Although planets and stars reflect and emit vast amounts of light, by the time that light gets to earth and through the atmosphere, it is very weak. A telescope mirror collects this faint light and focuses it on a second mirror that bounces the image into an eyepiece. In this way, the telescope user can get a closer look at the star or planet being observed. Telescope mirrors are precision pieces that require careful shaping to get the best image. Manufactured ones are very expensive, but with enough time it is possible to make your own.
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Things you need
- Glass blanks
- Ceramic shards
- Abrasive grit
Purchase two circular pieces of glass or pyrex (otherwise known as "blanks") that have the diameter you need for your mirror. You can buy them online or from glass stores; some enthusiasts also use old ship portholes.
Calculate the depth you need to dig out from the centre of the blank to make your mirror. This is called the "saggita." The radius of curvature for the saggita must be twice the focal length you want the mirror to have. To calculate the depth of the saggita, you need to consult depth tables that relate focal length to lens width (see Resources). For example, a lens with a 1,000mm focal length and a 150mm lens width must have a curve dug out 1.4mm deep at its centre point.
Prevent chips from developing by giving the edge of the disk a bevel. To do this, grind down the outer edge with a wet sharpening stone held at a 45 degree angle.
Assemble a grinding tool. To grind away the glass by hand, you need something harder. Shards of shattered ceramic tile work well. Glue them down to one side of a second glass blank the same size as the first. Once the glue dries, coat the whole tool with boat varnish or epoxy.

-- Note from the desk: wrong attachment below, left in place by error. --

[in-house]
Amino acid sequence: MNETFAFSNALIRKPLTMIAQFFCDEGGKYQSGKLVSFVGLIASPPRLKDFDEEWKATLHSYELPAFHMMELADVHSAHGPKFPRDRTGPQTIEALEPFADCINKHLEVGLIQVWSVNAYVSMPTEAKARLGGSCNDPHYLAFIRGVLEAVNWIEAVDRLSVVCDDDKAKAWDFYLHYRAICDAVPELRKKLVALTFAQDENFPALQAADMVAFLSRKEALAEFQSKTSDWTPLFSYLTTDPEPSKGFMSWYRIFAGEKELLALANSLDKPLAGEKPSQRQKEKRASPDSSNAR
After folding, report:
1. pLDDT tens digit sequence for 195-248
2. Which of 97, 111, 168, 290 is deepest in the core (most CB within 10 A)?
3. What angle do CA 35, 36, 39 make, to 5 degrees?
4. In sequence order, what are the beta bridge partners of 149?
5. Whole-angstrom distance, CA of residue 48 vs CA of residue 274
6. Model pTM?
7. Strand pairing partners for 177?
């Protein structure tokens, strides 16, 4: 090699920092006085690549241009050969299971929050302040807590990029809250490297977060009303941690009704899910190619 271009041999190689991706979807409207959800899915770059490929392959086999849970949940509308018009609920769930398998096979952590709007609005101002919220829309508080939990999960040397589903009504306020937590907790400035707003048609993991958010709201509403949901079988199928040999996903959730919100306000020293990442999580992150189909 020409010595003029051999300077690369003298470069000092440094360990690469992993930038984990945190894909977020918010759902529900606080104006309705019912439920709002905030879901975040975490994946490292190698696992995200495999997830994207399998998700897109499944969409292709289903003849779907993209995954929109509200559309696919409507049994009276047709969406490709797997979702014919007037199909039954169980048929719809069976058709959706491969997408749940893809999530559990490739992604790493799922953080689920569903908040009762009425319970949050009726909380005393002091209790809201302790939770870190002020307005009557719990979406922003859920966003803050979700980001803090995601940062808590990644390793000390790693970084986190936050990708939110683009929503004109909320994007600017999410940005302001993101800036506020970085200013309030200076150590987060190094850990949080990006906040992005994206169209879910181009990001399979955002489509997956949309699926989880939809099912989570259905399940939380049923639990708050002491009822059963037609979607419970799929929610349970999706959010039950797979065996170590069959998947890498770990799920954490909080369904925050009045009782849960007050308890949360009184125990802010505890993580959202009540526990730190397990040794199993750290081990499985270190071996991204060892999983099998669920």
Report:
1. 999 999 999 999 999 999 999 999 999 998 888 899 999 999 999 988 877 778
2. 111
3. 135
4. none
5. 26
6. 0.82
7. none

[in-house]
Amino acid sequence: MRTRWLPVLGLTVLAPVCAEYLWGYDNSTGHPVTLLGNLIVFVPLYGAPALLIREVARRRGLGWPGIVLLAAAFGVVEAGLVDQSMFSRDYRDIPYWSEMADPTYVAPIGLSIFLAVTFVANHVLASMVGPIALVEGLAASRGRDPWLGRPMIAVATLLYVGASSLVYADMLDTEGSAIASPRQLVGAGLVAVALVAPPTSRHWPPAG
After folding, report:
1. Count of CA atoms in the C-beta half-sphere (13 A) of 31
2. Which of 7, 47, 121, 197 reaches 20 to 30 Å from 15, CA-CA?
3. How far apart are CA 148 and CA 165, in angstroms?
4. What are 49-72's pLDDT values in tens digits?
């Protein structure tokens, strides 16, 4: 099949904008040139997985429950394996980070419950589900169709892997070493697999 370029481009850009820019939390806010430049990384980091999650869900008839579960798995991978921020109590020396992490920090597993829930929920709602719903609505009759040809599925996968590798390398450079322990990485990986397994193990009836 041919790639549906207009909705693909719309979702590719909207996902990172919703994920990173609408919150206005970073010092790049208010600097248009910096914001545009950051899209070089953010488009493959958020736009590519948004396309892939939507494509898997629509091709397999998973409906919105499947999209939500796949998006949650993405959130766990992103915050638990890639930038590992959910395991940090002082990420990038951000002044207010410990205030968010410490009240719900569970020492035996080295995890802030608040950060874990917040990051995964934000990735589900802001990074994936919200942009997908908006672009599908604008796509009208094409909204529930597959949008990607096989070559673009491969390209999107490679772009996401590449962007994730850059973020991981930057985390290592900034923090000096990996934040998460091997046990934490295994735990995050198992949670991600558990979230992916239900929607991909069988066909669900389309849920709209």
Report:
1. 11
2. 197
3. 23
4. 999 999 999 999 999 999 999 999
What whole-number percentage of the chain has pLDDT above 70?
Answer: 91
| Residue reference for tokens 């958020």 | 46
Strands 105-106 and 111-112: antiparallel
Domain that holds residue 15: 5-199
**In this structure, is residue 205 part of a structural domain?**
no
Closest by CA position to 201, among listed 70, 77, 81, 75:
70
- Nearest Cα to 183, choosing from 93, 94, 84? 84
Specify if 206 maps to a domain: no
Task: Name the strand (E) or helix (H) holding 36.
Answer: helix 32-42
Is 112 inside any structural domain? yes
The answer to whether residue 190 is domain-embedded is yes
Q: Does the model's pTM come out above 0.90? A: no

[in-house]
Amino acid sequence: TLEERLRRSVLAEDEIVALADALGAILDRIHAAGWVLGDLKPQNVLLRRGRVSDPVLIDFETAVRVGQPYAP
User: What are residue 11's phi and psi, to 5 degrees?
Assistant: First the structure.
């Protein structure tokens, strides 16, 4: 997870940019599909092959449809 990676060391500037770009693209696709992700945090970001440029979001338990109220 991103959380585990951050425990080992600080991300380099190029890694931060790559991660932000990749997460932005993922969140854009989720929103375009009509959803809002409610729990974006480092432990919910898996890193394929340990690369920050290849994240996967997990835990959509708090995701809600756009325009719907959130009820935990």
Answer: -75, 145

Lay down a piece of thick carpet to support the disk and spray it with a bit of water. This will keep abrasive dust from entering the air.
Sprinkle the blank you wish to dig out into a lens with no. 80 grain abrasive grit (the same as would be attached to no. 80 sandpaper) This is available from most large home improvement stores.
Lay the grinding tool down on the piece of carpet and set the mirror blank on top of it. Press down firmly and move the mirror blank in even, circular strokes to dig out (or "hog out") glass from the centre. The strokes should have a length equal to 1/3 of the mirror blank's diameter; spin the grinding tool around from time to time to keep the grinding even. You will need to re-wet the mirror blank and add more grit whenever the grinding starts to make a loud noise.
Flip your project over so that the glass blank is on the bottom and the tool on top, then press down on the tool and keep grinding with strokes of random direction. Move the tool right up to the edge of the glass blank as you do this, and add grit and water as necessary. You will need to check the depth at the centre of the area you are hogging out on a regular basis. Switching back to having the tool on the bottom allows you to deepen it, while tool-on-top shallows and evens the curve.
Remove all the no. 80 grit by thoroughly washing both disks, the whole work area, your clothes and your skin. Any leftover bits of this grit will damage the mirror as you finely grind it.